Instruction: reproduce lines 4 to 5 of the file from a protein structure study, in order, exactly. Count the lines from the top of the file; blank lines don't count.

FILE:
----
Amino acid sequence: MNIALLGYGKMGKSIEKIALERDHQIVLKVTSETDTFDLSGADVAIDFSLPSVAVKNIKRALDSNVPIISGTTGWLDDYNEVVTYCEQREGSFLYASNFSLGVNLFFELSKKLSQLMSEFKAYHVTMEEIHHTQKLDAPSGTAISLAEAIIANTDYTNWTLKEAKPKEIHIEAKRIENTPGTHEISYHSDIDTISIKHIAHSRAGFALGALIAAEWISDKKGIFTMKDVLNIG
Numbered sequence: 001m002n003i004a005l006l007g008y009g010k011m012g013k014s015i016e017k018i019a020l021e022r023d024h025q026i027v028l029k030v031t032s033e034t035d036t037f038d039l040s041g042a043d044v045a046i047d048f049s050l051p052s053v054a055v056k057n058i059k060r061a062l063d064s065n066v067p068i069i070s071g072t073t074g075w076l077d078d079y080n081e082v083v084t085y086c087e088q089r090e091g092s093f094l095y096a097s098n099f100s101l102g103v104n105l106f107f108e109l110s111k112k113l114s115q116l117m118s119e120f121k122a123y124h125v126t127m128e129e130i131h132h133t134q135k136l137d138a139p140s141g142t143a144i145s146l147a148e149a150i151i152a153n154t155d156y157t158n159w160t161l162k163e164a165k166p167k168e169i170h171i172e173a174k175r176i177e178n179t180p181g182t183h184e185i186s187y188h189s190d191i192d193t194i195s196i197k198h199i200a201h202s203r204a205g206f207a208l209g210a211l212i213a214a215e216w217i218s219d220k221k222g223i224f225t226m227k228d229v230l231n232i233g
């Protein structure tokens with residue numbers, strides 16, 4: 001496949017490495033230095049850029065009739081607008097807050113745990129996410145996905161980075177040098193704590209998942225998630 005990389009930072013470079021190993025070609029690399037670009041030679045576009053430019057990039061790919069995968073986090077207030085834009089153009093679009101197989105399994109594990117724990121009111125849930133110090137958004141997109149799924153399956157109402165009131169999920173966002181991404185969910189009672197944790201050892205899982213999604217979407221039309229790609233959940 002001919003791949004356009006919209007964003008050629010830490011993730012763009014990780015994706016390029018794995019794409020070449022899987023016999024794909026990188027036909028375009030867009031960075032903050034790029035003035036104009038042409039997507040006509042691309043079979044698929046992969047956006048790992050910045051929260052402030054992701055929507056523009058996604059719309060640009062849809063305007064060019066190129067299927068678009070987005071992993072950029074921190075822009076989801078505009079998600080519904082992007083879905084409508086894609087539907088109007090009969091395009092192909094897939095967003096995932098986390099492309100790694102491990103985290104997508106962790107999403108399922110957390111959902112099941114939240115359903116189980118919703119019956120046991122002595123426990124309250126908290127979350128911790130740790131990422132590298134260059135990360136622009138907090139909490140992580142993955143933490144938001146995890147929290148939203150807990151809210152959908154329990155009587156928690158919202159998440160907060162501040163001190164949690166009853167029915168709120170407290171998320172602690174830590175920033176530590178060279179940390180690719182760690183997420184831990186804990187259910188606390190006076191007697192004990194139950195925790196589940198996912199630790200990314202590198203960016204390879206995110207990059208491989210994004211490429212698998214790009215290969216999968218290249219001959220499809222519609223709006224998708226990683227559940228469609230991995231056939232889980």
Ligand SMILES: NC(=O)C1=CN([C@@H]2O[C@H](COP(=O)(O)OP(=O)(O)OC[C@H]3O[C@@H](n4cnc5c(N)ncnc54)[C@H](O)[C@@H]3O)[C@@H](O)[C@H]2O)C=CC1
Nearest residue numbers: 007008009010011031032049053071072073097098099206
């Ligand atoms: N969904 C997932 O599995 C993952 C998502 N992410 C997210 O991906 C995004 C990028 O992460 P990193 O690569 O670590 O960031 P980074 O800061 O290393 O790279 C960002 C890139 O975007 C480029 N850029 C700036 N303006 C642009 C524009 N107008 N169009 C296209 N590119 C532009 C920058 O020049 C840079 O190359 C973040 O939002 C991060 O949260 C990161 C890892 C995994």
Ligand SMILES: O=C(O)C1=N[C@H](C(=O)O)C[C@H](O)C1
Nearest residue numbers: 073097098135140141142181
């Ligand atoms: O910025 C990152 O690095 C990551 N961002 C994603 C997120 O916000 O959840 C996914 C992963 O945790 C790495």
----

Ligand SMILES: NC(=O)C1=CN([C@@H]2O[C@H](COP(=O)(O)OP(=O)(O)OC[C@H]3O[C@@H](n4cnc5c(N)ncnc54)[C@H](O)[C@@H]3O)[C@@H](O)[C@H]2O)C=CC1
Nearest residue numbers: 007008009010011031032049053071072073097098099206